Sometimes it’s hard to believe Billions hasn’t already been on for 10 years, given the tangled web of backstory it has already amassed. For the first few minutes of every episode I’m in a mild panic as I struggle to keep up with the opening info dump of vaguely remembered names and events, but it’s to the show’s credit that all more or less becomes clear as the episodes progress, even at their usual breakneck pace. No character, no matter how minor, is ever truly forgotten, and unlike on Game Of Thrones, they aren’t constantly being beheaded or disemboweled. Not literally, anyway.
All of which brings us to Dr. Gilbert, a pivotal player in “Flaw In the Death Star” who I never would have thought about again had he not returned. He was Donnie Caan’s oncologist back in season one, when he could have extended his patient’s life with an experimental treatment had Axe (fearing Donnie would live long enough to testify against him) not discouraged going that route for “quality of life” reasons. Gilbert resurfaced in “Golden Frog Time” to play a role in the Ice Juice ploy in exchange for a hefty donation to his foundation. I don’t recall if we previously saw the scene in which Axe asks him to dispose of the slide containing the toxin or if this is a retroactive decision by the writers to create a piece a physical evidence in the case, but in any event, Axe is now worried that the slide containing his fingerprints still exists.
Via an odd creative choice that briefly makes Billions resemble a CW superhero show, we see different variations on the fate of the slide play out as if Axe is a meta-mastermind rewinding the events and envisioning every possible scenario. He dispatches his ninjas to check the doc’s work and home refrigerators, and holds several impromptu and intimidating meetings with him in an effort to get a read, but it’s just not happening. Only after he learns that the doctor doesn’t care about money, and that the bribe really did go to his foundation for a good purpose, does Axe have the ammunition he needs. When Gilbert demands a payment of $200 million because he wants to “live a little,” Axe knows he’s already made a deal.
A more memorable character from the past also resurfaces this week, although it’s less surprising that Billions would want to bring back Eric Bogosian’s delightfully stonefaced deadpan as often as possible. Boyd has been out of prison since Chuck needed his help on the Ice Juice scheme, but there are still restrictions on his travel and his beloved boat has been seized by the government. Enter Chuck, who needs Boyd to give up some names in order to retroactively justify his release. If you’re wealthy, there’s always a deal to be made, something the ever-idealistic Connerty still fails to grasp. He figures that Boyd will jump at the chance of getting some vengeance against Chuck for putting him away in the first place, but Boyd couldn’t be less interested. He just wants to sail away.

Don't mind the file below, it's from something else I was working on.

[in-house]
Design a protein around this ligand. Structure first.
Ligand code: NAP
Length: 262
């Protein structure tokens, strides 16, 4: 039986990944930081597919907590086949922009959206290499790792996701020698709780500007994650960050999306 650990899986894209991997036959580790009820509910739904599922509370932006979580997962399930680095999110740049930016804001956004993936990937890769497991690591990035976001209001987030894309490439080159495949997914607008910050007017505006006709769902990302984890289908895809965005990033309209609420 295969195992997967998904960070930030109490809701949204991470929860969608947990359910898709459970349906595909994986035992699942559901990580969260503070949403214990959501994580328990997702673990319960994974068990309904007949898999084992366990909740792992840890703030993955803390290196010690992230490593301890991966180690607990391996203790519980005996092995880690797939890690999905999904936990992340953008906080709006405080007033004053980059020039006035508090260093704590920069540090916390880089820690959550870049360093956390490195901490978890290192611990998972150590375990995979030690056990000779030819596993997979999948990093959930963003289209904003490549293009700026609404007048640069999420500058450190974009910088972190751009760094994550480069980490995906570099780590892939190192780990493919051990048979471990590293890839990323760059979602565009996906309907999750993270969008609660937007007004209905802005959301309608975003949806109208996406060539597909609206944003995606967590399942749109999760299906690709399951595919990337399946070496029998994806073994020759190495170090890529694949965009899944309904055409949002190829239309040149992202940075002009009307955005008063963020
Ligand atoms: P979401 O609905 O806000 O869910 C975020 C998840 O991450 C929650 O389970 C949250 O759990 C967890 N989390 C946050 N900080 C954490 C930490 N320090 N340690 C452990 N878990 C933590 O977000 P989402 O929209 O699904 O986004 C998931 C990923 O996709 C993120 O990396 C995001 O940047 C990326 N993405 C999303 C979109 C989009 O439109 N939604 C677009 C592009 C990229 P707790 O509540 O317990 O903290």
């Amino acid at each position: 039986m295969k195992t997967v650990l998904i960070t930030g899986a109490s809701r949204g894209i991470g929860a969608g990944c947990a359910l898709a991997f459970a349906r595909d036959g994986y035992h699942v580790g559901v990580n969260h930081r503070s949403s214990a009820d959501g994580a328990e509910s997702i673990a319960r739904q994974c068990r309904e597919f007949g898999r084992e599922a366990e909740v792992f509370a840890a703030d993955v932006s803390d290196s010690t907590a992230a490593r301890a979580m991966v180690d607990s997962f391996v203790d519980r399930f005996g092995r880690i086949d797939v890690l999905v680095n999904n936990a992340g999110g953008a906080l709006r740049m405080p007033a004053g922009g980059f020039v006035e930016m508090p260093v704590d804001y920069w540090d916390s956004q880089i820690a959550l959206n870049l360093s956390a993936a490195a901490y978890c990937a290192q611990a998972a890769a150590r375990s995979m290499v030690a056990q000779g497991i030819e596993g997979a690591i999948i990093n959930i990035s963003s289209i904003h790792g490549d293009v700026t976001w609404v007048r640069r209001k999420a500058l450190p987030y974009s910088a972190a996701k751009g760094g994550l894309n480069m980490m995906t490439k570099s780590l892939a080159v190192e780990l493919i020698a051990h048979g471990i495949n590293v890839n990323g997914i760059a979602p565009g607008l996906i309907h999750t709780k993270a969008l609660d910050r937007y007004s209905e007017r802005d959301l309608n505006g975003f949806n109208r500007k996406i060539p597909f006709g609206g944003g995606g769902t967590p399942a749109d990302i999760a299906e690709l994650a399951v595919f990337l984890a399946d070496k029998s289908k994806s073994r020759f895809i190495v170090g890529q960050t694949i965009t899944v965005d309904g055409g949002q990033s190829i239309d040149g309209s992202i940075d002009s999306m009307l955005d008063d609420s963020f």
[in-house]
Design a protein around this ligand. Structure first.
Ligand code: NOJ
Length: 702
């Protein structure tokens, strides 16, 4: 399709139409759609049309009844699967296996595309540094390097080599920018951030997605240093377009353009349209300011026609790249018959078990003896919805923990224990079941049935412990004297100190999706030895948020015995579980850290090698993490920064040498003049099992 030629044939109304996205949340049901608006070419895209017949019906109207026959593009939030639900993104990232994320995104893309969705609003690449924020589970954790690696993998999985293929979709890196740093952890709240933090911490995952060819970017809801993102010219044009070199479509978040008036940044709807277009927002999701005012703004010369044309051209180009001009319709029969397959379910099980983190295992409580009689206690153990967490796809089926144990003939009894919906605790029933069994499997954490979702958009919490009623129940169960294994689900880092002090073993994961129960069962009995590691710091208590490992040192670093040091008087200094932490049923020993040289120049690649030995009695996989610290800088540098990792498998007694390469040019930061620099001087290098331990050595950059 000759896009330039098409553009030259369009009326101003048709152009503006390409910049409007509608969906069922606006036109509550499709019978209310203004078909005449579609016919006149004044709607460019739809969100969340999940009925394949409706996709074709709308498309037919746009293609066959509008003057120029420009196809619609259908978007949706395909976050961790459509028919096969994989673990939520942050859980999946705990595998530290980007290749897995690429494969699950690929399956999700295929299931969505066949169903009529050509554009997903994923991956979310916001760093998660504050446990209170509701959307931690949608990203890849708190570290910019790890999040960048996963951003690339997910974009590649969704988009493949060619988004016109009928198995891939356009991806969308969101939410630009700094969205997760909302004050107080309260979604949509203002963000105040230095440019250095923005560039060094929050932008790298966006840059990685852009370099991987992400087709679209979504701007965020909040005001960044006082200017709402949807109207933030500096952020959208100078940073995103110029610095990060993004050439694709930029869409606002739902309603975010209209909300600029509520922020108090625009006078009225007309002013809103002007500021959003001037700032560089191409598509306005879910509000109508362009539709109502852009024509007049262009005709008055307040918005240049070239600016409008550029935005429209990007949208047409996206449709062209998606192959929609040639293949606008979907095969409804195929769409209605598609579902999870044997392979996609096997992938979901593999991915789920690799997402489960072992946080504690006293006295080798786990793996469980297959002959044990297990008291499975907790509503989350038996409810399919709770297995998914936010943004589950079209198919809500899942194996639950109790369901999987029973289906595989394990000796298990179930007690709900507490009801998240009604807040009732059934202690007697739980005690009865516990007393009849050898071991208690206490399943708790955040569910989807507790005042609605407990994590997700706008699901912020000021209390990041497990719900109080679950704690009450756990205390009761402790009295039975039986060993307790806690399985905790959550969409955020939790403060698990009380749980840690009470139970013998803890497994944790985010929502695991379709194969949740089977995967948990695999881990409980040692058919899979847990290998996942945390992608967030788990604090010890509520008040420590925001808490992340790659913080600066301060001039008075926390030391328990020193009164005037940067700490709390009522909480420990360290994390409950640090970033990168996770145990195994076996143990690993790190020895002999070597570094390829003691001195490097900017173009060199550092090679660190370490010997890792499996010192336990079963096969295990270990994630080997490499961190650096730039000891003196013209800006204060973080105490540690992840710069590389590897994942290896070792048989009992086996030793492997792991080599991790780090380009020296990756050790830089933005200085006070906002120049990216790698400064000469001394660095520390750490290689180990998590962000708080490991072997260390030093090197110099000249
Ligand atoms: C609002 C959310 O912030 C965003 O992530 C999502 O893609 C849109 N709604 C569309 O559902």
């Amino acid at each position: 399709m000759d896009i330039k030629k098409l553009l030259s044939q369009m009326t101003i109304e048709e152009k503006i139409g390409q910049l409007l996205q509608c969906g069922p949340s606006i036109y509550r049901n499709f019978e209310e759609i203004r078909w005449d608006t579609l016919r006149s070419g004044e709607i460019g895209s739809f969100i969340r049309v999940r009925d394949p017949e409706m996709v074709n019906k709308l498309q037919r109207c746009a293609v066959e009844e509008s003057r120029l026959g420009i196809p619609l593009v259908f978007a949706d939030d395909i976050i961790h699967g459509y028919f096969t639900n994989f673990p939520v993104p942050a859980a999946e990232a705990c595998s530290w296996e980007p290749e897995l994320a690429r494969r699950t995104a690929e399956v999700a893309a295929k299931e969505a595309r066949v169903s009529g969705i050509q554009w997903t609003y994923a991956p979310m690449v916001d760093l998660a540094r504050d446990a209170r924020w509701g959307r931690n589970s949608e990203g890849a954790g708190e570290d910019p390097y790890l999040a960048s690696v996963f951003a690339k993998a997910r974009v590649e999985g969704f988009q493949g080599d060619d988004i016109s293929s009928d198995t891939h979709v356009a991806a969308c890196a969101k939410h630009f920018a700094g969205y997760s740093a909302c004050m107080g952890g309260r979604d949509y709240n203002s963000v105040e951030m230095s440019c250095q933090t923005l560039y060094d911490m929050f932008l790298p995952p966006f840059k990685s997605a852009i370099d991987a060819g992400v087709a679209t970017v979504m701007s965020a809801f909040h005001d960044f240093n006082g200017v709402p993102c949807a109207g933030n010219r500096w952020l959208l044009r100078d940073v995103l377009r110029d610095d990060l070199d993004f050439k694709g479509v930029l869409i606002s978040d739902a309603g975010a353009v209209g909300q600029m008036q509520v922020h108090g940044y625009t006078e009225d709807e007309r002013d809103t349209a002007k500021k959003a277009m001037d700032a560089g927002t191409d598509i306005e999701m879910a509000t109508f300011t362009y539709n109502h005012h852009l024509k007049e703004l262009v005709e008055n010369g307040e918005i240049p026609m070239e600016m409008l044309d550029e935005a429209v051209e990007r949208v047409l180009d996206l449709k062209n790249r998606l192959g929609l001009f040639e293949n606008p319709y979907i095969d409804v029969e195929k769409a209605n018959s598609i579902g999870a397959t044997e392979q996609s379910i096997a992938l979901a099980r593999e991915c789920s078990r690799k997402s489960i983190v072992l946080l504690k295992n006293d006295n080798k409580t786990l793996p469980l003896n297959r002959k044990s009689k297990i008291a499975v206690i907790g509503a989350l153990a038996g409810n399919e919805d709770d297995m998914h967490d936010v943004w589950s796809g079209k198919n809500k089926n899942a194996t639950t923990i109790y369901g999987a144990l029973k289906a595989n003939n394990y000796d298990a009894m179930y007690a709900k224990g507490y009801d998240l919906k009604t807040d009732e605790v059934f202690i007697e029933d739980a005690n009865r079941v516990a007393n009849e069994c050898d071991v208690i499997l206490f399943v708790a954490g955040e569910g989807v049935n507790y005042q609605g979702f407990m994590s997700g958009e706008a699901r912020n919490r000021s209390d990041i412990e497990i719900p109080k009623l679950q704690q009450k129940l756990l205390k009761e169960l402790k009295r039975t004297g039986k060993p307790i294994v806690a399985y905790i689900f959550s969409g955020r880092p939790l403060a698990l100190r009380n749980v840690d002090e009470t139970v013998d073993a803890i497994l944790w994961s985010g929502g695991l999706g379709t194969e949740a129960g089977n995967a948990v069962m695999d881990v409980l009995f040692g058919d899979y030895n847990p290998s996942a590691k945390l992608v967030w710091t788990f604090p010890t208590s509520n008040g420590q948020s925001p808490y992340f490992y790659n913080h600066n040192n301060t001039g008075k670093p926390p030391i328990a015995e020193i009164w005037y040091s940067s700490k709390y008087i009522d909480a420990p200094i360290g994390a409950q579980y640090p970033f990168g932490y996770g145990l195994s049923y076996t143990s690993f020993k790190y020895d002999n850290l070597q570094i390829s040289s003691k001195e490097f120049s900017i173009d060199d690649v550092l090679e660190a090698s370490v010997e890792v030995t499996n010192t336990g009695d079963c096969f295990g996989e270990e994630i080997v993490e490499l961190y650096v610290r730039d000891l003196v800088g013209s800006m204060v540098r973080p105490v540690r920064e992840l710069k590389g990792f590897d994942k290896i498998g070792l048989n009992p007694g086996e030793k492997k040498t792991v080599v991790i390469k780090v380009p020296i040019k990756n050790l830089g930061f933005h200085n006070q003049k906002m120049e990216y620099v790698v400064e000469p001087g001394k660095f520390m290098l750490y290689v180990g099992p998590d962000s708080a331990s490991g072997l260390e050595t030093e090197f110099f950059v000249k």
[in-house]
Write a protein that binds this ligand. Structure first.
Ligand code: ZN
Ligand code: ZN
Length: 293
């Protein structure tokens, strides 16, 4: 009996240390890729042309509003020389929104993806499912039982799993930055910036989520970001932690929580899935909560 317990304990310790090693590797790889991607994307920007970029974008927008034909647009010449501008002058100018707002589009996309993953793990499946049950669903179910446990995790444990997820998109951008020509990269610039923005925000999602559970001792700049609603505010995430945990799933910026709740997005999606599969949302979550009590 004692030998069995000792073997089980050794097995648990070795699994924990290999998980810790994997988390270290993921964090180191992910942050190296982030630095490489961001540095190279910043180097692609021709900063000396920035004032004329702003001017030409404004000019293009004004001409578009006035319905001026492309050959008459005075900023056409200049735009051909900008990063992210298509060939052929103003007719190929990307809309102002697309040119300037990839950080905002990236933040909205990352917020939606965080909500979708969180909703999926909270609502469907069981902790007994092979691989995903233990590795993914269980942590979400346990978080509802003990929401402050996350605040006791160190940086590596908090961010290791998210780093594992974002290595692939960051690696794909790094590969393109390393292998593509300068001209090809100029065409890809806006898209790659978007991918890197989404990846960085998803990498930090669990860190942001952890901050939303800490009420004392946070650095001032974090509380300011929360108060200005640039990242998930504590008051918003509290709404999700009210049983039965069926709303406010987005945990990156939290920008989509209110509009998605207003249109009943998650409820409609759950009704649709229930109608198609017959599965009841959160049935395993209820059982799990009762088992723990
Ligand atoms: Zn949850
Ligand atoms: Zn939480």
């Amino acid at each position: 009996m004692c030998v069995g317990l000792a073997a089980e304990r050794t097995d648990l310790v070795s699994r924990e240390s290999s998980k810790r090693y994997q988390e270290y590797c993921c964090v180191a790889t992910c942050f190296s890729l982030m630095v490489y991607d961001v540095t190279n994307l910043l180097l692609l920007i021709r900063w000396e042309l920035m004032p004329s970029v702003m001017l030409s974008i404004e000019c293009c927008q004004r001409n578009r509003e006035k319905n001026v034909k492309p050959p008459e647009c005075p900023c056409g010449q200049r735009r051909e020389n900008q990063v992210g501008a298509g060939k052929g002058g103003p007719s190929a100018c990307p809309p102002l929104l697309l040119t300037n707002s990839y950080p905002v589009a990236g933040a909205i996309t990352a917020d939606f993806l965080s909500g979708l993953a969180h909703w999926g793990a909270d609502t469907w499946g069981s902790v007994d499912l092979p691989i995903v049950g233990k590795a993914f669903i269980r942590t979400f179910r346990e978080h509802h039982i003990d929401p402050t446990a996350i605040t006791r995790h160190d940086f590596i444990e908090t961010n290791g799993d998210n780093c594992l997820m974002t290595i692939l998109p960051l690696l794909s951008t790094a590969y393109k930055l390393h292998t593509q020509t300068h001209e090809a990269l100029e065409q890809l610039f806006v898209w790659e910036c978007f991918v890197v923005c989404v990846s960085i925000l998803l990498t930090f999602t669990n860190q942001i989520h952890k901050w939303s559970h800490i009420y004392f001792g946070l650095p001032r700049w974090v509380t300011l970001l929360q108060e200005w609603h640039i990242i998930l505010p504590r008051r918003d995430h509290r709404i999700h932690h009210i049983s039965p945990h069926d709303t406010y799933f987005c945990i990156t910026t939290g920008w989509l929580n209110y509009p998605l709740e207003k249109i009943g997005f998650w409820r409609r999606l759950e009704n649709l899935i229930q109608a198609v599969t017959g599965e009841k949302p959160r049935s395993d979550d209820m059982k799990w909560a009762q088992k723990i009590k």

The roster of recurring characters is so long at this point that part of the fun comes from mixing and matching them to see what kind of sparks fly. Dollar Bill and Spyros are natural adversaries, and it was inevitable that they’d clash sooner than later. Bill is the ultimate alpha dog, unscrupulous and exclusively money-driven, a textbook toxic male; Spyros is pretentious and effete, more concerned with the trappings of high society than the actual accumulation of wealth. It’s his job to put the brakes on someone like Bill, who bribes a lab tech to blow the whistle on an unethical drug trial so he can short the company’s stock. Their sniping gets so disruptive they get called to the principal’s office, or at least that’s how their scene with Wendy plays. For once she’s at a complete loss, but Axe insists that Bill make a public apology (grudgingly read from note cards), while reminding Spyros that the good life he’s come to enjoy is all courtesy of Axe Capital, which must remain free to push the envelope of the law as far as it can go. Bill has the last laugh in the most brutish way possible, smashing into Spyros’ beloved new ride over and over.
But when it comes to unlikely pairings, I can’t imagine Billions ever topping the romance that unfolds over the course of this episode. Yes, fans, Taylor has a sex life! And not only that, they appear to be quite smitten with tech nerd Oscar Langstraat. After bonding over what they both view as the unfairly maligned “flaw in the Death Star” scene from Star Wars, they cement their attraction by competing in some high-level geekery before heading back to his place. (Who had Mike Birbiglia/Asia Kate Dillion sex scene in the season three pool? Nobody?) Sure, it makes perfect sense in retrospect, but it still comes as a delightful surprise to see it play out. Even when the major sluggers are riding the pine, as Chuck and Axe are for the most part this week, Billions has enough talented utility players to run up the score.
- Netrunner is a real collectible card game from Richard Garfield, creator of Magic: The Gathering. Whether Oscar and Taylor were playing it correctly or well, I leave to any experts in the comments.
- Stephen Kunken, who plays Spyros, delivers some of the funniest “what the fucks” I’ve ever heard during the car-smashing scene. Kudos.
- Sacker has definitely picked a side, doctoring the old legal pads to back up Chuck’s release of Boyd. I’m enjoying the presence of shady Allan Havey as well.
- Oh, that slide still exists and Chuck now has it taped inside his fridge. But for how long?